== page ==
The true scale of online crime in the UK has been vastly under-estimated because the majority of criminal activity still goes unreported, MPs have warned, with cyber gangs potentially getting “off the hook” as a result.
The Home Affairs Select Committee has said much low-level Internet-based financial crime was falling into a “black hole” and was not reported to the police.
The MPs called for a dedicated cyber-espionage team to respond to attacks, but had been told by Adrian Leppard, deputy assistant commissioner at the City of London Police, that up to a quarter of the UK’s 800 specialist Internet crime officers could be lost due to budget cuts.
The MPs said police cutbacks came on top of proposed 10% cuts to the budget of the Child Exploitation & Online Protection Centre (Ceop).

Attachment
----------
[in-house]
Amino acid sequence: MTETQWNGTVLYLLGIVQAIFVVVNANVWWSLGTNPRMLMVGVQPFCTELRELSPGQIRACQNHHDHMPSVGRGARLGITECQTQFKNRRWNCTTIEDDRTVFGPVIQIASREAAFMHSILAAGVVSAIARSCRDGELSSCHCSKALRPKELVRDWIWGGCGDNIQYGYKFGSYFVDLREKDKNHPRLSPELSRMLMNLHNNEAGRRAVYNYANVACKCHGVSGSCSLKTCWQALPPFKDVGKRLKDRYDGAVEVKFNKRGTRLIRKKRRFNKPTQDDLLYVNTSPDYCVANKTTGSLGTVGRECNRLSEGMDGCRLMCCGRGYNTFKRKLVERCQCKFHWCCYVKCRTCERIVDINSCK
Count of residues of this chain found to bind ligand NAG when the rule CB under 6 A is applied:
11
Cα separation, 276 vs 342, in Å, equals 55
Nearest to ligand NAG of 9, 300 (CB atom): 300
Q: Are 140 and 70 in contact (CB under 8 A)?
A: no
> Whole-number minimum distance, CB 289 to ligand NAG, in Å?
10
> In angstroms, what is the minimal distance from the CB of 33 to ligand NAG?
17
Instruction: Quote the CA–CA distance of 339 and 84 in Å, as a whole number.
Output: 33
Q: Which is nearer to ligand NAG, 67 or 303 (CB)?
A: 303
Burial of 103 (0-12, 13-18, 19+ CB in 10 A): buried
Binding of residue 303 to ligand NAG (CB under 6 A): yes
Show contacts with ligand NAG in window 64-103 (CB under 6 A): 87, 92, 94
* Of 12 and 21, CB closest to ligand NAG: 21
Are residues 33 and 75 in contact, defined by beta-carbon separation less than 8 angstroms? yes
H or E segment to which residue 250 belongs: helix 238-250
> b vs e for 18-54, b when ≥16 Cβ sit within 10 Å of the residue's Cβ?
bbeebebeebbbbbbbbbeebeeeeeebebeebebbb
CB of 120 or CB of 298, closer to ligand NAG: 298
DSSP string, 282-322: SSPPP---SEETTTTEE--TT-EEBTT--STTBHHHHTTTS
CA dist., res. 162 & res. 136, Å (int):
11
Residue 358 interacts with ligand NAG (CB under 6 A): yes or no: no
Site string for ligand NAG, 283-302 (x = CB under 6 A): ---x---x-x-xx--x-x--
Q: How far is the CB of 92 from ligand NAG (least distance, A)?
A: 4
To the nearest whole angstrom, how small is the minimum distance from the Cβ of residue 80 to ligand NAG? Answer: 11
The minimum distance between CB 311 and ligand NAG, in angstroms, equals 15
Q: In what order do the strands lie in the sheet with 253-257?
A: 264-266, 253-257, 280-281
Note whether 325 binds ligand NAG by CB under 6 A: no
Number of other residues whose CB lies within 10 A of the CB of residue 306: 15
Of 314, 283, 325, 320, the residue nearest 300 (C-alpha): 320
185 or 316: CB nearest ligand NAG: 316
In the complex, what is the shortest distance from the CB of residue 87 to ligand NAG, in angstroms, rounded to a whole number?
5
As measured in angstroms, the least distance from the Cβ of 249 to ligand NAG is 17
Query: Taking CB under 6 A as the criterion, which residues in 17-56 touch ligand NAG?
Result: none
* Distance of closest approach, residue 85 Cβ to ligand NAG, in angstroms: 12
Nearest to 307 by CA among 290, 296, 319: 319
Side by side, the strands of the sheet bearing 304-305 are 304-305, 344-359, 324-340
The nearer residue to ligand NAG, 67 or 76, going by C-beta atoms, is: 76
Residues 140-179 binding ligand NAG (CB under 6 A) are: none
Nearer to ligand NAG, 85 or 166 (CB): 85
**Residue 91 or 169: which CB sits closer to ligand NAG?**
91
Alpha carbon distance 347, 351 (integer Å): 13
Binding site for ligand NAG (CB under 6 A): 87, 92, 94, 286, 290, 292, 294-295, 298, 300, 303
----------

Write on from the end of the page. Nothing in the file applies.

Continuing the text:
“At a time when fraud and e-crime is going up, the capability of the country to address it is going down,” the report concluded. “Ministers have acknowledged the increasing threat of e-crime but it is clear that sufficient funding and resources have not been allocated to the law enforcement responsible for tackling it.”
Keith Vaz, the Labour MP who chairs the committee, said the UK’s response to e-crime was too fractured. “We are not winning the war on online criminal activity. We are being too complacent about these e-wars because the victims are hidden in cyberspace.”
He added: “You can steal more on the Internet than you can by robbing a bank. If we don’t have a 21st Century response to this 21st Century crime, we will be letting those involved in these gangs off the hook.”
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